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Environment (Gerald. Hayle, 1927) prod. Vaughan C. Marshall, Advance Films, wr. Gerald M. Hayle, dp Tasman Higgins, 6000 ft; Beth Darvall, Hal Percy, Colin Campbell, Alf Scarlett, Arthur Bruce, Jim Joyce, Dorothy May, Max Sorelle, Kitty Mostyn, Viva Vawden, Charles Brown, George Gilbert, Edward Landor, Phyllis Best
Mary is a young girl forced by poverty to pose for a painting of a lightly draped female figure, which the artist calls 'L'Environnement'. She is courted by the artist's suave associate, Arthur, but when she learns that he is married, she runs in panic from his advances. She takes refuge on a farm and falls in love with Jim, a very proper young farmer who loudly denigrates the dissipation of modern woman. Mary and Jim are eventually married, but Arthur plans revenge on the girl who once rejected him. He hires an evil Jewish friend to spy on them and sends them the painting of 'L'Environnement' as a wedding present. Recognising Mary as the model, Jim's love suddenly turns to hate, but after she sheds many tears he decides to forgive her and begins to destroy the painting. As he does so, he finds a lost will in the frame, which reveals Mary to be the heiress to a large fortune. Thereafter Mary and Jim live happily together in wealth and luxury.
Produced for about £4000, Environment was shot in the first months of 1927 on locations in and around Melbourne. The producer/promoter, Vaughan C. Marshall, took pains to woo the wealthier sectors of Melbourne society, not only to find an audience but also to attract investment for further productions. He hired the Palace Theatre ('The House Exquisite'), Melbourne, for two weeks commencing on 23 July 1927, and surrounded the season with an aura of 'high culture' and nationalism (although the film itself contained very little that was specifically Australian). The attempt cannot have been entirely successful: the film was scarcely seen outside Victoria, and Marshall produced only one more feature, Caught In The Net (1928), before withdrawing from production.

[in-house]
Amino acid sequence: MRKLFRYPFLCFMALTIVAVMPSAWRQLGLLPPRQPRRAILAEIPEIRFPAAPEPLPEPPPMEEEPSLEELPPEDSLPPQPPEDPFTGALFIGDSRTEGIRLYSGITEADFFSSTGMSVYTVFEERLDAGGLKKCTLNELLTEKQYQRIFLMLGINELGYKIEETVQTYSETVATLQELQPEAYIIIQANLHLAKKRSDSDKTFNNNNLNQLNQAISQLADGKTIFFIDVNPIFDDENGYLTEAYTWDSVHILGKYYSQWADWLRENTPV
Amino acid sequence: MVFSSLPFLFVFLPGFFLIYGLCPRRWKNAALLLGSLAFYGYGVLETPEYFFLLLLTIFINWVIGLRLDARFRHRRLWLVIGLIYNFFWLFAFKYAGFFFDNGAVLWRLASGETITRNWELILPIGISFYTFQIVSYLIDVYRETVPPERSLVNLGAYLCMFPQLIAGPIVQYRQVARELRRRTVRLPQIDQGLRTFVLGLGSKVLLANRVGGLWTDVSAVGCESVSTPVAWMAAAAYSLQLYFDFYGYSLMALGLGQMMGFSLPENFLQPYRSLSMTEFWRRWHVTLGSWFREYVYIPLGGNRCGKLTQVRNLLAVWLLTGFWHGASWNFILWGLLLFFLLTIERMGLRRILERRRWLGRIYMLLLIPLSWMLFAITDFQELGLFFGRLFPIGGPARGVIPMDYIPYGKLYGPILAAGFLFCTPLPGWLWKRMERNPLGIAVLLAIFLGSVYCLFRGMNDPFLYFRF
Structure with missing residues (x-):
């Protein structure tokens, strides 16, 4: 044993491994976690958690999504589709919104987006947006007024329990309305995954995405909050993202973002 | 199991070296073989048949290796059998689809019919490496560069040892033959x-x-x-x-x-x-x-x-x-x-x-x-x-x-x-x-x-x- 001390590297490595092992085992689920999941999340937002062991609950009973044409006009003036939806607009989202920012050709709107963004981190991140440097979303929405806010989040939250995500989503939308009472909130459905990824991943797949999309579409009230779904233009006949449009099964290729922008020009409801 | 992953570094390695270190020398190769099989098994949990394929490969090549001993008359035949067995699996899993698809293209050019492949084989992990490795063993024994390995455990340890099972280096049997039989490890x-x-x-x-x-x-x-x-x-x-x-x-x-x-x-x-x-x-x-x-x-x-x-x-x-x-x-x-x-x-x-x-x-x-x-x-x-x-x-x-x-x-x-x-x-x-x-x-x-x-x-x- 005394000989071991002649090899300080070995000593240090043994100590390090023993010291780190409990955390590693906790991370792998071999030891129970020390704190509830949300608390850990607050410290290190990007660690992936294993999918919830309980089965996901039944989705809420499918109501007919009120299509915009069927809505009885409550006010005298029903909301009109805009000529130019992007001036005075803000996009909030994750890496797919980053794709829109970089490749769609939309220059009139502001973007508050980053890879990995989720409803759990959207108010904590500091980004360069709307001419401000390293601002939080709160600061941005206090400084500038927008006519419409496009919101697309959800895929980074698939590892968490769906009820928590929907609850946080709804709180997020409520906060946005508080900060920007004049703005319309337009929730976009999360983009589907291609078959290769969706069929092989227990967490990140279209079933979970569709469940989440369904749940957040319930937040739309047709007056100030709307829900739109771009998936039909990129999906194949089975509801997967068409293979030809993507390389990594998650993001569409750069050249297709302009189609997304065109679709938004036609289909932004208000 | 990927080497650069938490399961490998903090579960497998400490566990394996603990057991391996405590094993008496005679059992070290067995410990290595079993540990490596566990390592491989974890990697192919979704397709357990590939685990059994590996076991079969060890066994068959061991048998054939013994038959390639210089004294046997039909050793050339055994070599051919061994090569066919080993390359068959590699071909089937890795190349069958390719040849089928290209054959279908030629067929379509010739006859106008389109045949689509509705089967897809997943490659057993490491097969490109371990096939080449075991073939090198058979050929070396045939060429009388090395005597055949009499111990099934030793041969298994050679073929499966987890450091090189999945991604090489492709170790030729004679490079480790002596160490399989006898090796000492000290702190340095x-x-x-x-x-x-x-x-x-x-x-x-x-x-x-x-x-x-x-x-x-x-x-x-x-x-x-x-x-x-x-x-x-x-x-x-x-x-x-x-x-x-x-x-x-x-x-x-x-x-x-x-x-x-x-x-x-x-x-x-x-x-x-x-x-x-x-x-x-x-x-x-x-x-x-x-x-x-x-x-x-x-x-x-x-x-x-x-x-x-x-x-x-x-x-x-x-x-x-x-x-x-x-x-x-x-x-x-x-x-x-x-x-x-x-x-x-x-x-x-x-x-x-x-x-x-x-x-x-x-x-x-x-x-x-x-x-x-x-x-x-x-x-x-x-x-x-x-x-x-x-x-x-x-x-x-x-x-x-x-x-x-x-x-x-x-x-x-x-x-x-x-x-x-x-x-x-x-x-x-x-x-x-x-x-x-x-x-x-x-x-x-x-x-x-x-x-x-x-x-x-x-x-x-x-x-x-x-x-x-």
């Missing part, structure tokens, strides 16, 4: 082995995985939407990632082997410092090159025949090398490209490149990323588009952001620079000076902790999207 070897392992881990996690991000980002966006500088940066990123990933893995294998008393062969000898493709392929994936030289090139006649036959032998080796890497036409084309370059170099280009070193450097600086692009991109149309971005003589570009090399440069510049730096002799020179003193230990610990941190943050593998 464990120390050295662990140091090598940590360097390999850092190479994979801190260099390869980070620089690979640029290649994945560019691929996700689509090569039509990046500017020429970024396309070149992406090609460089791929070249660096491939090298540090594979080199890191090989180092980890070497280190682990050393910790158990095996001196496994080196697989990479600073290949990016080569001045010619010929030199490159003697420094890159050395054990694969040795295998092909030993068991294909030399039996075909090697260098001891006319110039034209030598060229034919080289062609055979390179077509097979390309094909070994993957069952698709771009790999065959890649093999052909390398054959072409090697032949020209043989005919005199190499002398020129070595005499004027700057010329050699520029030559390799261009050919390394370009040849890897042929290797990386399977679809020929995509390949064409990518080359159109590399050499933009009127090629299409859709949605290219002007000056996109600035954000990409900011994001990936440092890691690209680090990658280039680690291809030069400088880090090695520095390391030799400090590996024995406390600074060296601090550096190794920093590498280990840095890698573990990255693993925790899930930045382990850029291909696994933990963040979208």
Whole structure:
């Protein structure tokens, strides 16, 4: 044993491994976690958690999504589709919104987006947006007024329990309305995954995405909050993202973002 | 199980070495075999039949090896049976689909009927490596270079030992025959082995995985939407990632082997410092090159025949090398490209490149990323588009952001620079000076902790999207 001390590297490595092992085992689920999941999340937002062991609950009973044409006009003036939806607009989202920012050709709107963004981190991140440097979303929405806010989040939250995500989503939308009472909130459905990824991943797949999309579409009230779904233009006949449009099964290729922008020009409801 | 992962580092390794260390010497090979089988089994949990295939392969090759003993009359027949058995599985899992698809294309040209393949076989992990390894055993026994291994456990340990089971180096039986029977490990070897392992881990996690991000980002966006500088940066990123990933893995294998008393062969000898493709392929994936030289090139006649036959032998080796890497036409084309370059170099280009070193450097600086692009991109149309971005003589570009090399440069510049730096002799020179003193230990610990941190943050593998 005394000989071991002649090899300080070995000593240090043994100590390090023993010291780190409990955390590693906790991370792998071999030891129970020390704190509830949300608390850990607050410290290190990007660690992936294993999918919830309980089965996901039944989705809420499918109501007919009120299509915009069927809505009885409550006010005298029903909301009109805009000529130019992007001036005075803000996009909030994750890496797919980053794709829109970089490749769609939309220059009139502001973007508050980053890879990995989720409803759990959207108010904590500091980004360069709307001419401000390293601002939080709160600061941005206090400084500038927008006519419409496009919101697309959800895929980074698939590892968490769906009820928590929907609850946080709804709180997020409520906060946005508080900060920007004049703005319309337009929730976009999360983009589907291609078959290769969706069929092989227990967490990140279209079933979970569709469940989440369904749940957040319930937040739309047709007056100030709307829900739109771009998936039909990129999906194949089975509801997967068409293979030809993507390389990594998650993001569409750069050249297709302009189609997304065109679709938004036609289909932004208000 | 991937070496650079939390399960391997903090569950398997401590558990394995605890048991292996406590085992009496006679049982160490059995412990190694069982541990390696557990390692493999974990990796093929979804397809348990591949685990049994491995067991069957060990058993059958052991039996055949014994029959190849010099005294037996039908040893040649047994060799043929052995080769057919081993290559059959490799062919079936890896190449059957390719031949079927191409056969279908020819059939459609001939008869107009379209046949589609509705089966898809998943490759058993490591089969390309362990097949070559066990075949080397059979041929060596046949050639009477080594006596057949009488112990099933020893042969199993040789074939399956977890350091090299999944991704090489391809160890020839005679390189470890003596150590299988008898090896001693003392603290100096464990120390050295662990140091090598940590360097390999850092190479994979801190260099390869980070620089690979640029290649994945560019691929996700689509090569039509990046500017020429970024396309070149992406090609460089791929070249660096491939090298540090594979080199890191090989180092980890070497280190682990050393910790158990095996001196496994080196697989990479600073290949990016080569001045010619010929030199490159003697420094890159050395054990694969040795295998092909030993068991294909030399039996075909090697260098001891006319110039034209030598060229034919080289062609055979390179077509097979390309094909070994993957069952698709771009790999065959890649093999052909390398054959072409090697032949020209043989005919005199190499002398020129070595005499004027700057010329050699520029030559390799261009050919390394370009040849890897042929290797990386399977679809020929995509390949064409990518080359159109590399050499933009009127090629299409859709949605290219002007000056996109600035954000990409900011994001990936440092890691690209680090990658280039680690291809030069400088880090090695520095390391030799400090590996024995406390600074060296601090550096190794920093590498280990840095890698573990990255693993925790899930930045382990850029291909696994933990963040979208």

He had a long career in Melbourne as an exhibitor, and after dabbling in production he returned to exhibition and distribution for the rest of his career. His director on Environment, Gerald M. Hayle had made industrial and advertising films in Melbourne for several years, but after this first feature he left Marshall's staff to direct The Rushing Tide (1927) for Koala Films. Pike & Cooper: 140.
Pike & Cooper: 140.
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